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Deeper and Darker in the Uyghur-Turkish Passport Mystery
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I’ve written about the Turkish passport mystery—in which suspected Uyghur refugees somehow came into possession of Turkish passports, presumably high-tech, smart chip passports encrypted by a Turkish government agency that are so flawless that Asian governments have been unable to confirm their suspicions that their detainees are indeed Uyghurs fleeing the PRC—in a couple posts:Curtain Coming Down on Erdogan’s Excellent Uyghur Adventure? And Passport-Gate: Turkey’s Brewing Uyghur Passport Scandal .

Here are a couple more news items torn from the headlines that provide some interesting perspectives.

The first piece comes from the Benar News, April 9, 2015, and addresses the most sensitive case, that of four individuals detained in Indonesia and suspected of being a) Uyghurs b) terrorist-tourists c) fugitives involved in the 2014 Kunming railroad station massacre that claimed 33 lives. (I discussed the developing case in my February Passport-Gate piece):

Note the interesting tapdancing by the suspects’ lawyer & the Turkish consulate. Seems to me Turkey wants to encourage the inference that the four are genuine Turkish citizen so they can go to Turkey and the whole embarrassing story disappears. But the consulate can’t bring itself either to confirm…or deny. Since the PRC suspects that these are not just Uyghur refugees, but are Uyghur fugitives implicated in the Kunming attack that have to go back to China—and Indonesia seems to agree—the odds of Turkey getting the four don’t look good.

A lawyer defending four Uyghurs in a terrorism trial in Jakarta says they are Turkish citizens, although Indonesia has indicated that it might send them to China afterward.

The four, arrested in Central Sulawesi province last September, stand accused of travelling there to visit Indonesia’s most wanted terrorist, Santoso, and of using fake Turkish passports and visas to enter the country.

China has not intervened in the case of the four men, attorney Asludin Hatjani told BenarNews this week, when asked about Beijing’s involvement. Indonesian officials believe that these Uyghurs come from China’s northwestern Xinjiang region.

“China has nothing to do with it, because the documents they have state that they are Turkish citizens. And they are recognized by the Turkish government. The proof is that the Turkish government has provided translators,” said Asludin, who had defended Bali bomber Umar Patek at his trial in 2012.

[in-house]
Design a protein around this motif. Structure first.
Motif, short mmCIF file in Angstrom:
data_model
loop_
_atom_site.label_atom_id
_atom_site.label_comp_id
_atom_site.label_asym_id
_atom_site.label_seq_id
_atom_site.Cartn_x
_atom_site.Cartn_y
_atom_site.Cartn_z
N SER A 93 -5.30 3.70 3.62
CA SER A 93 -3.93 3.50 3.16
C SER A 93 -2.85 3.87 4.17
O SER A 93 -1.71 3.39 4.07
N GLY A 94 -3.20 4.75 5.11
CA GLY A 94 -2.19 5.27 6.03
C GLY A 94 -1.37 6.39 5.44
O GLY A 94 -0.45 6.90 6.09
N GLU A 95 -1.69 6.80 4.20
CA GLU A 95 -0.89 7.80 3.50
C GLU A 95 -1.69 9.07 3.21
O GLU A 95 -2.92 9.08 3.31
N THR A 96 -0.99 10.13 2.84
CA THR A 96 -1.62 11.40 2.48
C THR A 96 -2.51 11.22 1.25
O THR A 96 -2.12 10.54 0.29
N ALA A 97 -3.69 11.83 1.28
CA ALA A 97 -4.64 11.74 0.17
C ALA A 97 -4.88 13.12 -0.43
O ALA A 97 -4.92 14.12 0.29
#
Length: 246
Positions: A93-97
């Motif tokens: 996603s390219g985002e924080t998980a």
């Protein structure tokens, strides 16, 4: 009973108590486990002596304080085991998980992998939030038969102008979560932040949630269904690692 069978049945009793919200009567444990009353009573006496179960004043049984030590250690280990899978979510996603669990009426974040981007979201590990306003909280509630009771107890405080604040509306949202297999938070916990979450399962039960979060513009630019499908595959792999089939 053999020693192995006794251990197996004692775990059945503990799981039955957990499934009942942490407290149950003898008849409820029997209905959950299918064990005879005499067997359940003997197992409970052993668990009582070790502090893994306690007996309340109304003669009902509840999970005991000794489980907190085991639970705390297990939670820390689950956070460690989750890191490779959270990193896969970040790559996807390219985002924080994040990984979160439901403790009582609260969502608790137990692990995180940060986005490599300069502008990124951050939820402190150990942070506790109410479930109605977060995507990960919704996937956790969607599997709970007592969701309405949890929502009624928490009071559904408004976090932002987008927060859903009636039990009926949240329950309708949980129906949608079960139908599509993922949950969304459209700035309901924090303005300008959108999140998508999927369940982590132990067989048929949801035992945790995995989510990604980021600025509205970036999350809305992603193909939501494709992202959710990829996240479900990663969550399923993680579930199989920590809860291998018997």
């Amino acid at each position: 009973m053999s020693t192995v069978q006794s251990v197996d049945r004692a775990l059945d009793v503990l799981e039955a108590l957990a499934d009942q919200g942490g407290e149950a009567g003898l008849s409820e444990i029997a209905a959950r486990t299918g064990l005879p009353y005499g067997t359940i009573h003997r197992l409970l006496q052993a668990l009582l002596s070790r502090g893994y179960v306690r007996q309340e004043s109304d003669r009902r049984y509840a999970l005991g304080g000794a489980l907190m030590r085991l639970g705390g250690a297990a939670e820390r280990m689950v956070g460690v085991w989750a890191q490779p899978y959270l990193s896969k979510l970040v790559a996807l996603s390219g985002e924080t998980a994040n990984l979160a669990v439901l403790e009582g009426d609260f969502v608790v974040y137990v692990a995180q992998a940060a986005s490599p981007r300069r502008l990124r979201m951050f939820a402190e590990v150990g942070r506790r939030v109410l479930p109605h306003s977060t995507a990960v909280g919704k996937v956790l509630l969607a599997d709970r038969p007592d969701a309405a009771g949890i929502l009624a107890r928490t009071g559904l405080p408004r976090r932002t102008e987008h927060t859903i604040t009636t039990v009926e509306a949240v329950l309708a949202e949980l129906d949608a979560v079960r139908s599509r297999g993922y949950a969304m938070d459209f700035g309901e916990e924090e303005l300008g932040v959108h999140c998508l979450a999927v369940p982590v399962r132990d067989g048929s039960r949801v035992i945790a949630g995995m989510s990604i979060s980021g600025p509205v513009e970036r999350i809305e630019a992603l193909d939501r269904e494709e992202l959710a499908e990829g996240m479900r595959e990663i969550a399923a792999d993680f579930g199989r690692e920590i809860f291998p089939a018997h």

“In Indonesia, terrorism is handled through law enforcement. If they are not guilty, they must be released. If they are guilty, it has to be proven,” he said.

“Regarding the immigration violation, in my view, they have full documentation. It remains to be proven whether it is false or not.”

Turkey responds

Officials at the Turkish embassy in Jakarta did not deny Asludin’s claim about his clients beingTurkish citizens.

“You should take into account what the lawyer says. On the other hand, [the Indonesian] Attorney General officially asked the Turkish embassy to provide the translator for the court. So this is what procedure says, and we follow that,” Ambassador Zekeriya Akcam said in a statement sent to BenarNews on Thursday.

“Since the court process is going on, we are not allowed to make any statement except what the court says,” he added. “We trust [the] judiciairy system of [the] Indonesian Republic and cannot make any comment beyond that.”

In mid-March, before the trial got under way, Indonesia’s National Counterterrorism Agency (BNPT) said the four would be deported to China after the trial.

“They will be prosecuted. Once the indictment is completed, they will be returned to China. After that, it’s up to the Chinese government whether they want to detain them, sentence them to death, or free them. It depends on the laws in force there,” BNPT spokesman Irfan Idris told BenarNews then.
China wants the four repatriated, and the BNPT has been working with the Chinese government on the matter, Irfan said.

“We have gone there several times to coordinate with them. They have also visited here. We have agreed to find a good solution,” he said.

IS link?

According to Indonesian officials, the four suspects were arrested, along with three Indonesians, in Poso regency, a hotbed of militant activity.

The Uyghurs claim they were tourists.

“We just asked someone to take us around. The accusation of wanting to meet with Santoso is false.
We don’t speak Indonesian, so there seems to have been a misunderstanding,” defendant Ahmet Bozoglan told the North Jakarta District Court through a translator on March 31st.

…Chinese officials claim that about 300 Uyghurs from Xinjiang have joined the Islamic State (IS) jihadist group. Earlier on, BNPT officials had said that the four Uyghurs picked up in Poso were suspected of financing travel for Indonesians to join IS.

The four have been charged under anti-terrorism and immigration laws, public prosecutor Dicky Octavian said.

“The four defendants were involved in dangerous activities linked to terrorism in Poso and the Santoso group,” Dicky told BenarNews.